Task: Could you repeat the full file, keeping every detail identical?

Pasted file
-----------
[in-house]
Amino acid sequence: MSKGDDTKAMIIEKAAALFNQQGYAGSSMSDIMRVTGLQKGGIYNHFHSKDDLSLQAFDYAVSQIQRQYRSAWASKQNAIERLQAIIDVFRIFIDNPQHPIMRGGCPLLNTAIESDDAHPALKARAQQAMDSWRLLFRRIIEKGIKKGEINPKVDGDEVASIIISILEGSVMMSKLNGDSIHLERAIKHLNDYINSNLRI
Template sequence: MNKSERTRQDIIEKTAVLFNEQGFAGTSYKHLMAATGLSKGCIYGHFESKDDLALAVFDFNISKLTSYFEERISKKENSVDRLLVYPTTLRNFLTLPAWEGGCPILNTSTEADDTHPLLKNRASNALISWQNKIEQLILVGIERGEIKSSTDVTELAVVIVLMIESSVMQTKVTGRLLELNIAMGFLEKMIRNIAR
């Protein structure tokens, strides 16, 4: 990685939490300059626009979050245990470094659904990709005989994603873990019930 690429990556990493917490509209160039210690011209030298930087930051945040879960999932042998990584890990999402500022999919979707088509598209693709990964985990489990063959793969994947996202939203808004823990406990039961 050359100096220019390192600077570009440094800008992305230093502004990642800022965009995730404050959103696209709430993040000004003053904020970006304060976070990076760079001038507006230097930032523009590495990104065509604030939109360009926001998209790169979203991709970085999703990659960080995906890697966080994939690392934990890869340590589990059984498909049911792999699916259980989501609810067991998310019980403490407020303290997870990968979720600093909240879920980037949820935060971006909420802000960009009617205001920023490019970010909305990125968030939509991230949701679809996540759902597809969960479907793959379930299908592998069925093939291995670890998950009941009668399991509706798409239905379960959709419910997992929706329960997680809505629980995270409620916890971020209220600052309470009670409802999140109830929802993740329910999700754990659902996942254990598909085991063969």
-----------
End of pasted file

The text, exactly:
[in-house]
Amino acid sequence: MSKGDDTKAMIIEKAAALFNQQGYAGSSMSDIMRVTGLQKGGIYNHFHSKDDLSLQAFDYAVSQIQRQYRSAWASKQNAIERLQAIIDVFRIFIDNPQHPIMRGGCPLLNTAIESDDAHPALKARAQQAMDSWRLLFRRIIEKGIKKGEINPKVDGDEVASIIISILEGSVMMSKLNGDSIHLERAIKHLNDYINSNLRI
Template sequence: MNKSERTRQDIIEKTAVLFNEQGFAGTSYKHLMAATGLSKGCIYGHFESKDDLALAVFDFNISKLTSYFEERISKKENSVDRLLVYPTTLRNFLTLPAWEGGCPILNTSTEADDTHPLLKNRASNALISWQNKIEQLILVGIERGEIKSSTDVTELAVVIVLMIESSVMQTKVTGRLLELNIAMGFLEKMIRNIAR
């Protein structure tokens, strides 16, 4: 990685939490300059626009979050245990470094659904990709005989994603873990019930 690429990556990493917490509209160039210690011209030298930087930051945040879960999932042998990584890990999402500022999919979707088509598209693709990964985990489990063959793969994947996202939203808004823990406990039961 050359100096220019390192600077570009440094800008992305230093502004990642800022965009995730404050959103696209709430993040000004003053904020970006304060976070990076760079001038507006230097930032523009590495990104065509604030939109360009926001998209790169979203991709970085999703990659960080995906890697966080994939690392934990890869340590589990059984498909049911792999699916259980989501609810067991998310019980403490407020303290997870990968979720600093909240879920980037949820935060971006909420802000960009009617205001920023490019970010909305990125968030939509991230949701679809996540759902597809969960479907793959379930299908592998069925093939291995670890998950009941009668399991509706798409239905379960959709419910997992929706329960997680809505629980995270409620916890971020209220600052309470009670409802999140109830929802993740329910999700754990659902996942254990598909085991063969």